ATLANTA — Only one of eight candidates for state superintendent of schools favored keeping the Common Core education standards Tuesday.
The seven Republicans participating in a forum before the Georgia Chamber of Commerce’s board of directors gave various reasons for jettisoning the multistate standards that have drawn objections from grassroots conservatives. The chamber has come out in favor of the standards, and moments before the forum, the board heard a national expert list its virtues.
The lone Democrat in the forum, Rep. Alisha Morgan of Austell sided with the business organization.
“I absolutely support Common Core,” she said, adding that as a member of the House Education Committee and as a parent, she sees it as effective in raising student performance. “I’m proud of the product.”
But Mary Kay Bacallao, a college math professor and member of the Fayette County Board of Education, said the standards are less rigorous than the state’s previous standards.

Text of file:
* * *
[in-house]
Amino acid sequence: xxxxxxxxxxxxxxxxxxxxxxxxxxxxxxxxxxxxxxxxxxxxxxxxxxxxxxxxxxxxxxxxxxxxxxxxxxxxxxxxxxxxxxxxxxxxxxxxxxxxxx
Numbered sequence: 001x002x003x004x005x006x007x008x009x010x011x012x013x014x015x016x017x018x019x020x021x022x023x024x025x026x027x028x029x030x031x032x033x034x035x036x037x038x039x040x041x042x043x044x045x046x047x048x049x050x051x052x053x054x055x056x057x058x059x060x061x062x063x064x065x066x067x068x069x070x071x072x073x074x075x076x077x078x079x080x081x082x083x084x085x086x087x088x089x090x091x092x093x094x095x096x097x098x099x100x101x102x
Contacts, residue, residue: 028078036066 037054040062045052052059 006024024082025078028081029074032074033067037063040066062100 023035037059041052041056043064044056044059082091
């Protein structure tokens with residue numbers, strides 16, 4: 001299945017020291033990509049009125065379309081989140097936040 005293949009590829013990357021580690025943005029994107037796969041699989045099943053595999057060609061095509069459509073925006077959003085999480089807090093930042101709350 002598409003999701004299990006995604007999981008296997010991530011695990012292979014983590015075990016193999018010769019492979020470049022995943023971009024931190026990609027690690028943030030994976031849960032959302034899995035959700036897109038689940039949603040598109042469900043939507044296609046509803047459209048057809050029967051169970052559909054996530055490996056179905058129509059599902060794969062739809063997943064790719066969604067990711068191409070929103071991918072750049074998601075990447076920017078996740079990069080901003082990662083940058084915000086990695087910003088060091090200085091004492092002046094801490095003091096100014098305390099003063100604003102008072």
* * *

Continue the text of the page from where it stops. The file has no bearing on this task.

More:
Several of the Republicans called for the flexibility to let local school boards have greater say in standards.
“Centralization is not what drives success. The chamber knows that because y’all are business leaders,” said Nancy Jester, a professional actuary and former member of the DeKalb County Board of Education. “We know what drives success, and that’s competition.”
Matt Shultz, a former teacher who now owns a business and serves on the Bartow County school board, said there may be benefits to the Common Core but convincing the public to accept it is impossible.
“We have lost the marketing war on Common Core. That’s just a statement of fact,” he said. “… I think we’re kidding ourselves if we think we can push this Common Core on the state.”
During the forum, the candidates tried to show how they are different from each other and similar to the chamber members. Fitz Johnson, a consultant who is leading the fundraising contest among candidates of both parties, noted his experience building an international defense-contracting company with his family and selling it. “I’ve sat out there where you are,” he told them.
Drew Evangelista, the former head of AT&T’s mobile learning, stressed his understanding of technology. “It’s a bit frustrating seeing what’s available and what’s out there and not having it available in school for my daughters,” he said.
Two candidates have run for the post before. Kira Willis, a veteran teacher who was the Libertarian nominee in 2010, would put additional money toward teacher pay. School administrator Richard Woods, who lost the GOP nomination four years ago, wants to reduce testing and paperwork while giving teachers more autonomy.
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